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Newcastle Disease (Paramyxovirus 1)

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Introduction

Paramyxovirus 1 or Newcastle Disease is a highly contagious viral disease affecting poultry of all ages. Affected species include chickens, turkeys, pigeons and ducks. The condition is rarely diagnosed in ducks but is a possible cause of production drops/fertility problems. Other species can be infected including mammals occasionally (e.g. conjunctivitis in man).

The virus involved is Paramyxovirus PMV-1, which is of variable pathogenicity. Signs are typically of disease of the nervous, respiratory or reproductive systems. Morbidity is usually high and mortality varies 0-100%. Higher mortality is seen in velogenic disease in unvaccinated stock.


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Four manifestations have been identified:
  • ND - Velogenic Viscerotropic (VVND) - sometimes called 'asiatic' or exotic. It is highly virulent for chickens, less for turkeys and relatively apathogenic in psittacines.
  • ND - Neurotropic Velogenic - Acute and fatal in chickens of any age causing neurological and some respiratory signs. Intestinal lesions are absent.
  • ND - Mesogenic - Mortality and nervous signs in adult. These viruses have sometimes been used as vaccines in previously immunised birds.
  • ND - Lentogenic - Mild disease, sometimes subclinical. Can affect any age. Strains can be developed as vaccines.

Transmission is via aerosols, birds, fomites, visitors and imported psittacines (often asymptomatic). It is not usually vertical (but chicks may become infected in hatcheries from contaminated shells).

The virus survives for long periods at ambient temperature, especially in faeces and can persist in houses (in faeces, dust etc). for up to 12 months. However it is quite sensitive to disinfectants, fumigants and sunlight. It is inactivated by temperatures of 56°C for 3 hours or 60°C for 30 min, acid pH, formalin and phenol, and is ether sensitive.

Signs

Signs are highly variable and will depend on the nature of the infecting virus (see above), the infective dose and the degree of immunity from previous exposure or vaccination.

  • Sudden Death
  • Depression.
  • Inappetance.
  • Coughing.
  • Dyspnoea.
  • Diarrhoea.
  • Nervous signs.
  • Paralysis.
  • Twisted neck.
  • Severe drop in egg production.
  • Moult.

Post-mortem lesions

  • Airsacculitis.
  • Tracheitis.
  • Necrotic plaques in proventriculus, intestine, caecal tonsil.
  • Haemorrhage in proventriculus.
  • Intestinal lesions primarily occur in the viscerotropic form.

Diagnosis

A presumptive diagnosis may be made on signs, post-mortem lesions, rising titre in serology. It is confirmed by isolation in CE, HA+, HI with ND serum or DID (less cross reactions), IFA. Cross-reactions have mainly been with PMV-3. Pathogenicity evaluated by Mean Death Time in embryos, intracerebral or IV pathogenicity in chicks. Samples - tracheal or cloacal.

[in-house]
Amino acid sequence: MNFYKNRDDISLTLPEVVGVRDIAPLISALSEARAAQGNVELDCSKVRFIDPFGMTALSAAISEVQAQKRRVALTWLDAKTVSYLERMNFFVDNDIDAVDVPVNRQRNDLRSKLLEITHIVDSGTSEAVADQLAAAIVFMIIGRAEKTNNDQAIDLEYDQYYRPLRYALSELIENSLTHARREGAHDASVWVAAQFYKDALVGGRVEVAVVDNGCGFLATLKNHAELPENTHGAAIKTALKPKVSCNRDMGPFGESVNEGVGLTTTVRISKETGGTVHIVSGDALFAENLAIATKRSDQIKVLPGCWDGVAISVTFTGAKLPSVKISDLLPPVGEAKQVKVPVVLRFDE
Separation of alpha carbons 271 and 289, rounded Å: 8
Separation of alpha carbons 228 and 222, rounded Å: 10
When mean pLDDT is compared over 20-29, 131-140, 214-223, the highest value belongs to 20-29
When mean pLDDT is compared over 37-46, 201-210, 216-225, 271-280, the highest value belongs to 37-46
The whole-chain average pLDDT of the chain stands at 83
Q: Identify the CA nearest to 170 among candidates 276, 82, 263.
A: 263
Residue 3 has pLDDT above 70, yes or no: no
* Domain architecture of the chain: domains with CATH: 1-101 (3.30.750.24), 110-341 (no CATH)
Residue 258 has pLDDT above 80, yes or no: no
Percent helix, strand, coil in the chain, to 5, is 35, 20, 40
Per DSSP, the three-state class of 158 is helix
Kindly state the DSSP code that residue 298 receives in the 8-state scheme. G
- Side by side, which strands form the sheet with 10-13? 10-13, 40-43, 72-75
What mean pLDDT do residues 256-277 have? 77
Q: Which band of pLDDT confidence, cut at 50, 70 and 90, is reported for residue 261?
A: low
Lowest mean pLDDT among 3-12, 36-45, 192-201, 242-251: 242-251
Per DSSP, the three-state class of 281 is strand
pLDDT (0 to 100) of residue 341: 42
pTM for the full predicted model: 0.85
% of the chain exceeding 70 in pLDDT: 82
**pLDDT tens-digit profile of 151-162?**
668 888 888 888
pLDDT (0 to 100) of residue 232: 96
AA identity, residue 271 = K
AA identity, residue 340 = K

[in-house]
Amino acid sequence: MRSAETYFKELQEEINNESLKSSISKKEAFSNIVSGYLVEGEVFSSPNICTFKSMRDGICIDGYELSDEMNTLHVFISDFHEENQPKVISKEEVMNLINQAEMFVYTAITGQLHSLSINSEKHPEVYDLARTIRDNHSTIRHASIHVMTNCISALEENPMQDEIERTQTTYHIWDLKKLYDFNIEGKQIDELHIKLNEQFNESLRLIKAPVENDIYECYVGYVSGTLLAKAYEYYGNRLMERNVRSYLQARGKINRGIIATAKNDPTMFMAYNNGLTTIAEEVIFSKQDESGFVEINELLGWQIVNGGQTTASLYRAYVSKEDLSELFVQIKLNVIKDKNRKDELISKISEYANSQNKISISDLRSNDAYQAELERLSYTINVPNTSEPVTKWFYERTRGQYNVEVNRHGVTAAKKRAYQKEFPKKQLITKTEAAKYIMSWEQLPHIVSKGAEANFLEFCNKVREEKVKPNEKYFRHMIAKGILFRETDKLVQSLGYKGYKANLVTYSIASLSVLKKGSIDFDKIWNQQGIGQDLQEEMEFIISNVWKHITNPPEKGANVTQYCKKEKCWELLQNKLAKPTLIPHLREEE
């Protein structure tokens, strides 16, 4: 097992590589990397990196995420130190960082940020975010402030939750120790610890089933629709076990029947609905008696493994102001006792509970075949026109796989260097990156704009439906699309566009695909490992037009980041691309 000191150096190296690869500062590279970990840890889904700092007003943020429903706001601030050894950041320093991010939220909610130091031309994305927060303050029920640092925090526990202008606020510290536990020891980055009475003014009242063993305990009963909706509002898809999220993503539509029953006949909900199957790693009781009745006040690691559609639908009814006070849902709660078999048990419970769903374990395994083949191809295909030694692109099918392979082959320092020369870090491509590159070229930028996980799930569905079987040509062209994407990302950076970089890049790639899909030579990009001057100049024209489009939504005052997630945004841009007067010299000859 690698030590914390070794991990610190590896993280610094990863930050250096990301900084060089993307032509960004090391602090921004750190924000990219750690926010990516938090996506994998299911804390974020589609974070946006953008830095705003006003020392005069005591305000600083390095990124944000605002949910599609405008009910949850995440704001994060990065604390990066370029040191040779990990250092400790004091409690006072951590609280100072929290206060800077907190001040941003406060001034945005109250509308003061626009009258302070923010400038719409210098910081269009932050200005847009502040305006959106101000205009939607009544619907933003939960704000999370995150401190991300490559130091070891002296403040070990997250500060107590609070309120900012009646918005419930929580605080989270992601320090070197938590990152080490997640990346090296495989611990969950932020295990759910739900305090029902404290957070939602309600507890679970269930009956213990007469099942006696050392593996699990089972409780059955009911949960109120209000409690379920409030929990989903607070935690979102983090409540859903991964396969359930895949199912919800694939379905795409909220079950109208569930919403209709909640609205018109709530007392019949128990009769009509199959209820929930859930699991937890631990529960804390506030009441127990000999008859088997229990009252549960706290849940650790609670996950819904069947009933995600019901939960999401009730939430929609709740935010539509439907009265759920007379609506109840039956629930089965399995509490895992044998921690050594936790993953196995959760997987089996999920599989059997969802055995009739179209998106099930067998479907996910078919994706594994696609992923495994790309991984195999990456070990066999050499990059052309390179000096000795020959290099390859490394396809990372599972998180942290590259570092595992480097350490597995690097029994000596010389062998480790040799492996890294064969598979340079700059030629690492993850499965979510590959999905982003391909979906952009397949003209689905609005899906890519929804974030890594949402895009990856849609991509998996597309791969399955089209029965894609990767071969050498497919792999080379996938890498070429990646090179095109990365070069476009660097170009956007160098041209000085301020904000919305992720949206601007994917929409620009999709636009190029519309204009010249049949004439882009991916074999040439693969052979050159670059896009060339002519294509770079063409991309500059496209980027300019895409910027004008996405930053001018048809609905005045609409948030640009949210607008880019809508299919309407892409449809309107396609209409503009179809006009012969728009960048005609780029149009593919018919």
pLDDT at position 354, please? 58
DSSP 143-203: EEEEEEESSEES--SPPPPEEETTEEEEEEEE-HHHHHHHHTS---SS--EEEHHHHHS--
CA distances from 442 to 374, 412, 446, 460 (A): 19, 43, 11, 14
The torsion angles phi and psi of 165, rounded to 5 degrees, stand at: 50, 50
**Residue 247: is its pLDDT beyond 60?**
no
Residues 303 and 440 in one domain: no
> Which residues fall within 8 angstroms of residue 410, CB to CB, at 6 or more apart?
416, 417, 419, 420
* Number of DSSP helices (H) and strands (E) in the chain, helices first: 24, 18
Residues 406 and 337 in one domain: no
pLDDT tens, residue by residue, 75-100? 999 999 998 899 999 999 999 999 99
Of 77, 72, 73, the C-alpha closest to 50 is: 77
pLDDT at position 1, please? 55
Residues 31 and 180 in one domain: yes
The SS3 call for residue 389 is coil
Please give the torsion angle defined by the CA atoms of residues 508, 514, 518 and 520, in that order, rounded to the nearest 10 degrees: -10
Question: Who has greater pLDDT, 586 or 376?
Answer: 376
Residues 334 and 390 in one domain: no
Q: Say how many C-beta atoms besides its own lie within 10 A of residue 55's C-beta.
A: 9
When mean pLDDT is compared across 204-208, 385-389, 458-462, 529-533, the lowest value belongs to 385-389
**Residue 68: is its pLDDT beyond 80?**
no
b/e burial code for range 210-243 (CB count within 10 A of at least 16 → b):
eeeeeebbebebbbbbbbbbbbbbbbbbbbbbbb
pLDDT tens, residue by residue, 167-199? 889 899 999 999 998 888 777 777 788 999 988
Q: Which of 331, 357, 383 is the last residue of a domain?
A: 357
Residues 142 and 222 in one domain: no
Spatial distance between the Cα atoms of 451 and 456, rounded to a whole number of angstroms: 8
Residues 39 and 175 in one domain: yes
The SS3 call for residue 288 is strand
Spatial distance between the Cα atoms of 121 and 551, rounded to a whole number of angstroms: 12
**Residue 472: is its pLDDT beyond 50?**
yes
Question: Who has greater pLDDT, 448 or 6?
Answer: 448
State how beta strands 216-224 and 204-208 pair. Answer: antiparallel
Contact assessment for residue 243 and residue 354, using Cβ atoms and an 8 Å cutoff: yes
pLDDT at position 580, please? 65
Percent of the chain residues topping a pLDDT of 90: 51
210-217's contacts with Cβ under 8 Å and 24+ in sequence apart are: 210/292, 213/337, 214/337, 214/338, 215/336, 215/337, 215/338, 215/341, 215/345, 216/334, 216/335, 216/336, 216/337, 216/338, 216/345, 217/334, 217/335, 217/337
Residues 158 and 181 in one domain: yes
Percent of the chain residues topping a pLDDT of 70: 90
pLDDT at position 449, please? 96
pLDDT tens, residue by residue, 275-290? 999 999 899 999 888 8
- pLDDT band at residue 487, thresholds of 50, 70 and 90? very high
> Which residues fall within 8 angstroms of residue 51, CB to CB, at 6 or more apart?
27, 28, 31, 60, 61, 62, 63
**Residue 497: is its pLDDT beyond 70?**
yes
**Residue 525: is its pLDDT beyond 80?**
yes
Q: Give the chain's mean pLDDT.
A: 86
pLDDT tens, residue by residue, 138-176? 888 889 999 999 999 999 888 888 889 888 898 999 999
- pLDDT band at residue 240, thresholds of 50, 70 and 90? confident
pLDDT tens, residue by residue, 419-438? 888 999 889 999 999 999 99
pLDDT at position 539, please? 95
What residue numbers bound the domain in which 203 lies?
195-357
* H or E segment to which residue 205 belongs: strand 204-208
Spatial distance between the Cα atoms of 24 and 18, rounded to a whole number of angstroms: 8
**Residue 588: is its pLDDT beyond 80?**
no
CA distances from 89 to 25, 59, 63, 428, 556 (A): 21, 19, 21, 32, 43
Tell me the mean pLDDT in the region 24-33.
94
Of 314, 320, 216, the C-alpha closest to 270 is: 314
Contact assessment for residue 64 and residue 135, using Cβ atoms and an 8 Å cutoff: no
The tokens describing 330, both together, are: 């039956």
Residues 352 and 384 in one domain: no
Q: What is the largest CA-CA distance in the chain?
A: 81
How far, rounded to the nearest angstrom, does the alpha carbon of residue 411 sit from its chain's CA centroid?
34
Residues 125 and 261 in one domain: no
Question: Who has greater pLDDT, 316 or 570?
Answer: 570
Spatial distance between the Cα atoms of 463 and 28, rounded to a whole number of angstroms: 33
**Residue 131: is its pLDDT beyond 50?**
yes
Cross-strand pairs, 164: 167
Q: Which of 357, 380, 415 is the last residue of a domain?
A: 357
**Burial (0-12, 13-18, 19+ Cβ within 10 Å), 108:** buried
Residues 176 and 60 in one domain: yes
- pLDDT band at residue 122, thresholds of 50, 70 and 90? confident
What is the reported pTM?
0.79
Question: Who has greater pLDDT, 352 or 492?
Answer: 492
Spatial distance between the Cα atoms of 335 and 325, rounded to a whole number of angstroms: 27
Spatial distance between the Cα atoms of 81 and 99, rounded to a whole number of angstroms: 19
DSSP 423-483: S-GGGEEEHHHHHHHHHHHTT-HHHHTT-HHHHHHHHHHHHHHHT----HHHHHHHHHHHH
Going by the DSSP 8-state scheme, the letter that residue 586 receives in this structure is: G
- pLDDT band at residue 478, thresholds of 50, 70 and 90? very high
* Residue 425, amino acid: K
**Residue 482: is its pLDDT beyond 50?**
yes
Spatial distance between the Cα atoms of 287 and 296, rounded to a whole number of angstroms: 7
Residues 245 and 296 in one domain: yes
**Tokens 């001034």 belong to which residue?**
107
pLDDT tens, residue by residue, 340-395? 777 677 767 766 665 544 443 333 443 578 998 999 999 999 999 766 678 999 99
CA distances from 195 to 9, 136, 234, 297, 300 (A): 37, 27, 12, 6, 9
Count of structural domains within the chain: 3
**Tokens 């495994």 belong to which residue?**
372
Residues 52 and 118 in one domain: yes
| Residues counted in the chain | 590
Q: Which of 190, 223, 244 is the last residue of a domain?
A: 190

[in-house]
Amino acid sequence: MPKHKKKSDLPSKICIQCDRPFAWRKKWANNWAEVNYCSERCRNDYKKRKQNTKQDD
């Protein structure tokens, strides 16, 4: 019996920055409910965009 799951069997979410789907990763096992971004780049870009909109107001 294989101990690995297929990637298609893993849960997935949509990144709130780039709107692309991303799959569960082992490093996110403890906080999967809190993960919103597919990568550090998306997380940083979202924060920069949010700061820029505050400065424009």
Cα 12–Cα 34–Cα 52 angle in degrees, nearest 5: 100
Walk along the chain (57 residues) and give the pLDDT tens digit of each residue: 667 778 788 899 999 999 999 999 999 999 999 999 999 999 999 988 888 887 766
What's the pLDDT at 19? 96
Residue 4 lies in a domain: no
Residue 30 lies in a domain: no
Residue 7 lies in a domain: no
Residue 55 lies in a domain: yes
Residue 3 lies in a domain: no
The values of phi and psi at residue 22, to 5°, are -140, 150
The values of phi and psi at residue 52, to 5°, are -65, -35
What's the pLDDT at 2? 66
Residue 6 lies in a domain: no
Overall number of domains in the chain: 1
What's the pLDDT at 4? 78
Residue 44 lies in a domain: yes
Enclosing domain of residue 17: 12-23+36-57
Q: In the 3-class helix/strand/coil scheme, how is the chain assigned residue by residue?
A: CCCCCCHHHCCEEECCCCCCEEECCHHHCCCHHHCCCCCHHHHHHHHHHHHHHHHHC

Differentiate from Infectious bronchitis, laryngotracheitis, infectious coryza, avian influenza, EDS-76, haemorrhagic disease, encephalomyelitis, encephalomalacia, intoxications, middle ear infection/skull osteitis, pneumovirus infection.

Treatment

None, antibiotics to control secondary bacteria.

Prevention

Figure 28. Severe haemorrhagic and necrotic lesions in proventriculus and Peyers patches in the intestines of a broiler chicken suffering from one of the severe forms of Newcastle disease (viscerotropic velogenic).

Quarantine, biosecurity, all-in/all-out production, vaccination. It is common to monitor response to vaccination, especially in breeding birds by the use of routine serological monitoring. HI has been used extensively; Elisa is now also used. These tests do not directly evaluate mucosal immunity, however.

Vaccination programmes should use vaccines of high potency, which are adequately stored and take into account the local conditions. A typical programme may involve Hitchner B1 vaccine at day old followed by LaSota-type vaccine at 14 days. The LaSota-type vaccine may even repeated at 35-40 days of age if risk is high. Use of spray application is recommended but it needs to be applied with care to achieve good protection with minimal reaction.

Inactivated vaccines have largely replaced the use of live vaccines in lay but they do not prevent local infections.

To prevent or reduce vaccinal reactions in young chicks it is important that day old have uniform titres of maternal immunity. Vaccinal reactions may present as conjunctivitis, snicking, and occasionally gasping due to a plug of pus in the lower trachea. In some countries it has been customary to provide antibiotics prophylactically during periods of anticipated vaccinal reaction. Use of Mycoplasma gallisepticum free stock under good management reduces the risk of vaccinal reactions.

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